Earlier this year, security researchers announced the discovery of the "FREAK" vulnerability that allowed attackers to downgrade TLS connections to weaker export crypto. Recently, researchers from INRIA, Microsoft, Johns Hopkin's, the University of Michigan and the University of Pennsylvania found a similar flaw.
The newly published vulnerability allows attackers to downgrade the DHE key exchange protocol to a weaker 512-bit key size that can be broken within minutes. They called this flaw the "Logjam", which is a play on the "discrete log" problem and the fact that many companies continue to use "dead wood" crypto in their software.
Export encryption was mandated by the U.S. government in the 1990s so foreigners could only use encryption that could be broken by the government's intelligence agencies. Since then, the EFF, together with some cryptographers, won some lawsuits against this policy which forced the U.S. government to eliminate its encryption restrictions.
However, many servers and browsers still allow the use of export crypto, which means they leave the opportunity to attackers to downgrade the connections to those much weaker protocols.
According to the researchers who found the flaw, 8.4 percent of the top 1 million websites are vulnerable. However, up to 66 percent of the VPN servers can be vulnerable to eavesdropping by nation-states if they use a DHE key exchange with a key that is 1024-bit or smaller.
Browser vendors such as Google and Mozilla have already announced that they will send a patch to their browsers to make 1024-bit the minimum key size that they will accept for HTTPS connections. However, this is merely a compromise on the level of security that they are willing to accept from websites. It is not a complete fix, nor should it be treated as one.
Only server admins themselves will be able to completely fix this problem, by either switching to the Elliptic Curve DHE (ECDHE) protocol, which also provides Perfect Forward Secrecy, or by starting to use 2048-bit key sizes for DHE.
Even though browser vendors will still allow 1024-bit DHE because raising the bar any higher would mean breaking too many websites, that key size can be broken by intelligence agencies such as the NSA. In fact, the researchers concluded that previous Snowden revelations have hinted that this is the vulnerability the NSA uses to break most VPN connections.
Although not quite at the level of Heartbleed in terms of how dangerous this flaw is, because it still needs some computation power for decryption whereas Heartbleed didn't, Logjam is a serious vulnerability that affects tens of thousands of websites. The White House has promised before that it's the government's policy to disclose the vast majority of vulnerabilities to vendors. However, in this case that doesn't seem to have happened, if what the researchers say is true, which calls into question whether the White House is more committed to surveillance than cybersecurity.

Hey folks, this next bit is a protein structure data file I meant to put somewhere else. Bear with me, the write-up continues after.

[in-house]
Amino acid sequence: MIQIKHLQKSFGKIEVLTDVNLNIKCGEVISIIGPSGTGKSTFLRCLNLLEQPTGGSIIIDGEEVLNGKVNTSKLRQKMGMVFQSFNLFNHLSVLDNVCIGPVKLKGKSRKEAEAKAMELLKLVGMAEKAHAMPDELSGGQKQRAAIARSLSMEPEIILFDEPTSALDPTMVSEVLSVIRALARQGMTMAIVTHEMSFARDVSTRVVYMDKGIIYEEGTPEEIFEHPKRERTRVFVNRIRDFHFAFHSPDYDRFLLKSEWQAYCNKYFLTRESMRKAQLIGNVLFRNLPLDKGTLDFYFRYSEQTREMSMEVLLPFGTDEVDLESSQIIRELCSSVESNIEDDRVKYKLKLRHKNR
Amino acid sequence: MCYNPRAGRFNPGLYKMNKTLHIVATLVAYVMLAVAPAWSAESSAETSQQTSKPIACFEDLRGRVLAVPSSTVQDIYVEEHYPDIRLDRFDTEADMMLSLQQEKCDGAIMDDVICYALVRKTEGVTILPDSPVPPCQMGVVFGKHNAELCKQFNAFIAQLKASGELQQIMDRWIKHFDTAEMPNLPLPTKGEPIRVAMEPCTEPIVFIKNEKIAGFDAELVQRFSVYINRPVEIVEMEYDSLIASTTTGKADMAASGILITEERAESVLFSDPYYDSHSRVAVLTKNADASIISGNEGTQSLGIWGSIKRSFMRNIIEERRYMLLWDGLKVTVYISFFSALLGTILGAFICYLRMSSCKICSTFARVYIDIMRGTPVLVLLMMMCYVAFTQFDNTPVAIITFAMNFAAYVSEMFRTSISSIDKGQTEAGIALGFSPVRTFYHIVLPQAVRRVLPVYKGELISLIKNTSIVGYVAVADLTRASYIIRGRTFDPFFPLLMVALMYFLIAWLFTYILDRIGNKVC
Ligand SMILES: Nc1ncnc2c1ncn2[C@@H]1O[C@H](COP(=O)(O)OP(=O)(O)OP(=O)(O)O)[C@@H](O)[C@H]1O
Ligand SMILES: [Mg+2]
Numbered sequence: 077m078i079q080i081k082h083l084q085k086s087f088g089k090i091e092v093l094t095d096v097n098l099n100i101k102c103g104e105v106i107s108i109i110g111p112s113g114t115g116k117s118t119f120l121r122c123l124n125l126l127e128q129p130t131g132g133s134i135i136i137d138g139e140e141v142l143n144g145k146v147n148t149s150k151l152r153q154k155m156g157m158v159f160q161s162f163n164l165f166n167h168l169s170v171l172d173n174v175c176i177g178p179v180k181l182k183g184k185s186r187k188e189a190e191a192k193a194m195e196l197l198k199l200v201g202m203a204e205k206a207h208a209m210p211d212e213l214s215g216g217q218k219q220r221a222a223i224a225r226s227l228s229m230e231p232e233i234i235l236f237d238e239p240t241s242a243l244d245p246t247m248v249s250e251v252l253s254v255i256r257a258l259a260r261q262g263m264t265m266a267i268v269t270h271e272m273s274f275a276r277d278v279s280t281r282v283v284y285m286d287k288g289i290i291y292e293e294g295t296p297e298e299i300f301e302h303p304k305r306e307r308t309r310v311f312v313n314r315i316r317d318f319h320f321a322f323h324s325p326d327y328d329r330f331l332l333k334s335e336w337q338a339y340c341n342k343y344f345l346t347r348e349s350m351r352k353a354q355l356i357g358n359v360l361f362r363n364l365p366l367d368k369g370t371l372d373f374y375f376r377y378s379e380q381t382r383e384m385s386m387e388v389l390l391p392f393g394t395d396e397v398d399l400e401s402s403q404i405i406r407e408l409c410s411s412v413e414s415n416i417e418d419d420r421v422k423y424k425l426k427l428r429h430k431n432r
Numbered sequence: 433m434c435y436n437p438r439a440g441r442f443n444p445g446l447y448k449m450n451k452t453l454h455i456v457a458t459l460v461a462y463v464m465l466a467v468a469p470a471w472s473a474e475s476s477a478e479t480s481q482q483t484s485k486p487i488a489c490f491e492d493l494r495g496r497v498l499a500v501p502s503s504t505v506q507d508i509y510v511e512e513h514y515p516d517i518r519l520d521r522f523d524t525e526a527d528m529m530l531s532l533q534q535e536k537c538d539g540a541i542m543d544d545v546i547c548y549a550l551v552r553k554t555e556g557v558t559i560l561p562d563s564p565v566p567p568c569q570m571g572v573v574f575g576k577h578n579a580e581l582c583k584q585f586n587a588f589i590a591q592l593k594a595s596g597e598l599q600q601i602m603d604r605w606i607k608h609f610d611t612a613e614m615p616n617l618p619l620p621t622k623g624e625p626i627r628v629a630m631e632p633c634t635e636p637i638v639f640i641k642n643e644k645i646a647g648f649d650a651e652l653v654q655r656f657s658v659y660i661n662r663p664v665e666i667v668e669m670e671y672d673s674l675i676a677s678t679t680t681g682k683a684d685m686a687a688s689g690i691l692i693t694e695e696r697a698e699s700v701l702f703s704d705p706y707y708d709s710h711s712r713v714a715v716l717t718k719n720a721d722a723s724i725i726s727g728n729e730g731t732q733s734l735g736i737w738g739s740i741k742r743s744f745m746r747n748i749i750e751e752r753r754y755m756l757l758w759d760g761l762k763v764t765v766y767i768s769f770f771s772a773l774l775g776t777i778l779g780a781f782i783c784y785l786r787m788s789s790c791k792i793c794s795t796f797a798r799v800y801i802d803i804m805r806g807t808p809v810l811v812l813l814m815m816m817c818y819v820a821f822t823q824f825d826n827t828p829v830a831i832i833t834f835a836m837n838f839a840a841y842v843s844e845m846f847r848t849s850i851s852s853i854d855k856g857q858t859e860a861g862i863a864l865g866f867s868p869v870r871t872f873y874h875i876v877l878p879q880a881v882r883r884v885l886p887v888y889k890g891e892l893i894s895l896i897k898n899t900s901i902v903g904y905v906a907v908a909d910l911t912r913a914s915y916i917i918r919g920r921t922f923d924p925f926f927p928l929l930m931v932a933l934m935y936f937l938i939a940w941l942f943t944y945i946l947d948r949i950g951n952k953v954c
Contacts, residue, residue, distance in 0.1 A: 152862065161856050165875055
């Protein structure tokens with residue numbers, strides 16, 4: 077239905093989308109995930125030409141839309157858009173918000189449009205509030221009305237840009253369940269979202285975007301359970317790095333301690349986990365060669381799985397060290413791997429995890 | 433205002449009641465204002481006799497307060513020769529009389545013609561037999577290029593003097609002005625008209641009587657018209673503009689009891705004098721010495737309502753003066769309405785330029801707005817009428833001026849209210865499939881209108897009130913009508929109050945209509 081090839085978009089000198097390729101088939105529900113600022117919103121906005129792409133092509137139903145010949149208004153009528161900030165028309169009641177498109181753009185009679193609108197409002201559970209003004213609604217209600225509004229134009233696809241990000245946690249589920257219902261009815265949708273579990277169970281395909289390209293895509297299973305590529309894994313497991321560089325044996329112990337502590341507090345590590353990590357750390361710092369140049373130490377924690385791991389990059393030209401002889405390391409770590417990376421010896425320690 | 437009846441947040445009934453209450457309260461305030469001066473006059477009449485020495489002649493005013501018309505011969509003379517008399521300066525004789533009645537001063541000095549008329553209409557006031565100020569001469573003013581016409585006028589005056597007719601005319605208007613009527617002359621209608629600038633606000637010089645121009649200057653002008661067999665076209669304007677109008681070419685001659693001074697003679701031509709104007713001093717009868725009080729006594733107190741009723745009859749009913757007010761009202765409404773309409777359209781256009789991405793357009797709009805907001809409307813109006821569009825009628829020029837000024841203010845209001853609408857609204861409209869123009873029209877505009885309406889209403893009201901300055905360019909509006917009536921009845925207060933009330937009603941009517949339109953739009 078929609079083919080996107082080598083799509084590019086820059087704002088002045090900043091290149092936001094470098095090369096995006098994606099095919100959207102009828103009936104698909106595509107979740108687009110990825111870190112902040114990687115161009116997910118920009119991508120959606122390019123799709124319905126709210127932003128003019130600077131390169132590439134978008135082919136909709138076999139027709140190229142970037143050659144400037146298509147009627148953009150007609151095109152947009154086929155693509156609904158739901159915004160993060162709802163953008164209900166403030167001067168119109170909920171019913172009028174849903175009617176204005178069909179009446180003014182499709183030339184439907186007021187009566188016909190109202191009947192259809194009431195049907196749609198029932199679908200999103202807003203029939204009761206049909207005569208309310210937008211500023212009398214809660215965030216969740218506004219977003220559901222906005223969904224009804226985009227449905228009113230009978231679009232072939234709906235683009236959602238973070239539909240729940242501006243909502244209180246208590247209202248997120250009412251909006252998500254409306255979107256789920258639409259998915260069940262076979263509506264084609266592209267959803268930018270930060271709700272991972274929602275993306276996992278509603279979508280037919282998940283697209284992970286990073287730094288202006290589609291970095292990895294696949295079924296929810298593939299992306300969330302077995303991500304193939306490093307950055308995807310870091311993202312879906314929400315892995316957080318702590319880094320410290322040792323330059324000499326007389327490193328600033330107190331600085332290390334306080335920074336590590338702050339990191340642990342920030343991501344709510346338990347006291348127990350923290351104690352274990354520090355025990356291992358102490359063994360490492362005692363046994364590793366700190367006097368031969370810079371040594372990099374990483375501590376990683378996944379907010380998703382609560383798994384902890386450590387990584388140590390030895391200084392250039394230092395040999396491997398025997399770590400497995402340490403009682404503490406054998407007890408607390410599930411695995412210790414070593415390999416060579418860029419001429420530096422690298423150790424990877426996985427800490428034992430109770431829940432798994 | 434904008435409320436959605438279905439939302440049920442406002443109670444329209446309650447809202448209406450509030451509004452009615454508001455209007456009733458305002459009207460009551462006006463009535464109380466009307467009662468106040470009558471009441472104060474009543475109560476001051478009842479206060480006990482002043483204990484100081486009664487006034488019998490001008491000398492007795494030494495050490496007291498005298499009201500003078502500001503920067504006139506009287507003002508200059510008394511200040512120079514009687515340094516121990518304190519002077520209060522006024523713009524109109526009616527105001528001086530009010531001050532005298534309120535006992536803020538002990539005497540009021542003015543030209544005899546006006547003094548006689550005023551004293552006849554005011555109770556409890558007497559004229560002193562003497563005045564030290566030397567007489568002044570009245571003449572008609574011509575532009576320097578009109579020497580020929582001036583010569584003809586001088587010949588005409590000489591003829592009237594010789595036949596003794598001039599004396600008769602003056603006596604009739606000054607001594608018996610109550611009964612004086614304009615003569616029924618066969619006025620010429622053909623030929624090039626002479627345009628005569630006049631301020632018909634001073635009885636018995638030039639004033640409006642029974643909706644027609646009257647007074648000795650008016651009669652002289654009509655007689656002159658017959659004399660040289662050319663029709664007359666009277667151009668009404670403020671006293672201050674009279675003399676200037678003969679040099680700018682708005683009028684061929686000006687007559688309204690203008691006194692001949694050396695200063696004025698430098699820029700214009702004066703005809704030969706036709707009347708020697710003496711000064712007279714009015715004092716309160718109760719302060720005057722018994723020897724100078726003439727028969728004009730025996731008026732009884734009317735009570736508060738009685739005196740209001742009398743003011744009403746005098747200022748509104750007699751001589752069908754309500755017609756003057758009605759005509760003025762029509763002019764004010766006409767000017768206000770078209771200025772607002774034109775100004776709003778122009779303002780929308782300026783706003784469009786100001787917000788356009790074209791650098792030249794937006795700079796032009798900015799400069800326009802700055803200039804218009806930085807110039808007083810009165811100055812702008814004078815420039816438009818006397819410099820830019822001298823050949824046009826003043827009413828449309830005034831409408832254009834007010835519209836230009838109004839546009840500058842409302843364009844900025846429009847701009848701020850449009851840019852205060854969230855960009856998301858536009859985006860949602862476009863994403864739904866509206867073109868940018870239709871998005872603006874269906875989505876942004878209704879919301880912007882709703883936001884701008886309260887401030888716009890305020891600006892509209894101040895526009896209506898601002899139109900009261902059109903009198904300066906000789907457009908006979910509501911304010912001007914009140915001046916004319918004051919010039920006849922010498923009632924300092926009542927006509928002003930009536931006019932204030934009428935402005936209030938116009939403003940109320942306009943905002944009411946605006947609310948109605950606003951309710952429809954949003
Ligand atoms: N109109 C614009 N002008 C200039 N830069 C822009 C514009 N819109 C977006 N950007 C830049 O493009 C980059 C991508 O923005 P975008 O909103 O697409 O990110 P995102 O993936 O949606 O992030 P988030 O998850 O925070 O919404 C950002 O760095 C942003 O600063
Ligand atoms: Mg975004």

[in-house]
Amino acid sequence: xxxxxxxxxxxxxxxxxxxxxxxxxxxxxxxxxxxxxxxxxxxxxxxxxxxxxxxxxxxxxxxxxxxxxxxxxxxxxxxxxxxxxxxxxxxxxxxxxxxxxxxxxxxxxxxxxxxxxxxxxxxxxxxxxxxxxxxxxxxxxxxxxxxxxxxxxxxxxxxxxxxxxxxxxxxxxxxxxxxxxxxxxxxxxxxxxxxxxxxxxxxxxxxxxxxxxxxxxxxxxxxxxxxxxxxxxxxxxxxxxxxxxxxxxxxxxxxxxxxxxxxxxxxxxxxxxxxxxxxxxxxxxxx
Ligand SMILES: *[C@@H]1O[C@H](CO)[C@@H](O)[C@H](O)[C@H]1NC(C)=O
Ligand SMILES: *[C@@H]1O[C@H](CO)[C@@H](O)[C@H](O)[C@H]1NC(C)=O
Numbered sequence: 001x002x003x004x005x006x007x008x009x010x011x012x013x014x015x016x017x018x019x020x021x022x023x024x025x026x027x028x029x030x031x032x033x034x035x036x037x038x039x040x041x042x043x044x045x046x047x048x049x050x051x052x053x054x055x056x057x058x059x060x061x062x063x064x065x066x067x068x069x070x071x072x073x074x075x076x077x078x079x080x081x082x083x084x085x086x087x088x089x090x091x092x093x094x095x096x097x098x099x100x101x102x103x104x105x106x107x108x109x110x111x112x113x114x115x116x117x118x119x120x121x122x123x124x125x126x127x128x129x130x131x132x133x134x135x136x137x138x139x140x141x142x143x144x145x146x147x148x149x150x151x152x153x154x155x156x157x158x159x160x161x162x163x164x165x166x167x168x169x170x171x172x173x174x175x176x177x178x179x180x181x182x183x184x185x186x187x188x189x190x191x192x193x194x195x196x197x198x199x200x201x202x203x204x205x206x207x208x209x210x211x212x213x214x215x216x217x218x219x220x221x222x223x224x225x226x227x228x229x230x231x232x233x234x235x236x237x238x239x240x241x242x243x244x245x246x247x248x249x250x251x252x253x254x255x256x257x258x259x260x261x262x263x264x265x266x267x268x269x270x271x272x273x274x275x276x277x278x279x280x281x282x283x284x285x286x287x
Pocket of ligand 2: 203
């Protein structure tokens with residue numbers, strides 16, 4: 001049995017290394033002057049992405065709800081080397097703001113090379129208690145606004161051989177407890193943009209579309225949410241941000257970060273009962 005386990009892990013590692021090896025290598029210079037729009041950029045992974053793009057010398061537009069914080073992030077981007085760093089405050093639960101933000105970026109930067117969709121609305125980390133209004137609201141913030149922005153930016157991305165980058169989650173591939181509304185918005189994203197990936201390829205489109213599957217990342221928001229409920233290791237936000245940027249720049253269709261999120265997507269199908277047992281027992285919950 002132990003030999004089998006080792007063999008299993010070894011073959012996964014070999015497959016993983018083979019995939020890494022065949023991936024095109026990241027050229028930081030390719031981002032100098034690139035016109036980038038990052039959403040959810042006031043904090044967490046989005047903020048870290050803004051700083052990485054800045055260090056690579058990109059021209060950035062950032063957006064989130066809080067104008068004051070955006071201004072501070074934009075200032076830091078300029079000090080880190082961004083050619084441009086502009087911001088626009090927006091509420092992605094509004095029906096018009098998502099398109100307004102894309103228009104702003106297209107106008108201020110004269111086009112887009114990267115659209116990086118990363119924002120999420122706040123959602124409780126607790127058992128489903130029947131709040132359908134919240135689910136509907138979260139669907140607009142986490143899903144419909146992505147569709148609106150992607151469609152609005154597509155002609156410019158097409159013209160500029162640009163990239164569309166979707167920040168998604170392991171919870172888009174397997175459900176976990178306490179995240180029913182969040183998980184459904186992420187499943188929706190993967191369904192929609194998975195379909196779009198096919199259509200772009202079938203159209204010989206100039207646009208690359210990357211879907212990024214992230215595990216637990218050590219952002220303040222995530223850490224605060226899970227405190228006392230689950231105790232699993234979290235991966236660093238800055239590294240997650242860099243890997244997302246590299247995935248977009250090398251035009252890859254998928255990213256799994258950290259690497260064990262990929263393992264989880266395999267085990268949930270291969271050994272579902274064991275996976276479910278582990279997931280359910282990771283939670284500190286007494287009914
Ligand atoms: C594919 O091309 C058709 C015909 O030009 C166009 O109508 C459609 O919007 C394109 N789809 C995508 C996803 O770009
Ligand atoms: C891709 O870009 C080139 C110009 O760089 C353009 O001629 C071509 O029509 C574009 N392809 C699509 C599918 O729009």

Qualsys, the creator of the SSL Labs service that grades websites based on how secure their protocols are, reached out to Tom's Hardware to let website owners know that its recommendations for server configurations would have protected them against the Logjam vulnerability.
"LogJam, the new attack on weak Diffie-Hellman (DH) parameters is yet another reminder that supporting obsolete cryptography is never a good idea. Even though TLS provides a negotiation mechanism that should in theory enable modern clients to communicate using only strong security, in practice there are ways to abuse either the clients or the protocol and perform downgrade attacks.
Diffie-Hellman key exchange strength is a relatively obscure aspect of TLS protocol configuration. Until recently, most web servers didn't even have an ability to tune this setting, and some servers don't even today. That wouldn't be a problem, except that most servers default to insecure values. SSL Labs started highlighting servers with weak DH parameters some years ago in an effort to raise awareness of this issue.
LogJam affects only incorrectly configured SSL/TLS servers. Those who have followed best practices (e.g., the SSL/TLS Deployment Best Practices from SSL Labs) aren't using any of the vulnerable cryptography and need not make any changes to mitigate LogJam. In addition, for performance reasons, well-tuned sites prefer key exchanges based on Elliptic Curve cryptography, avoiding problems with DH altogether. In SSL Labs, servers vulnerable to the LogJam attacks are graded as F; no changes were made specifically for this attack."
The researchers who discovered the Logjam flaw have also prepared a guide on how to properly deploy DHE on a server.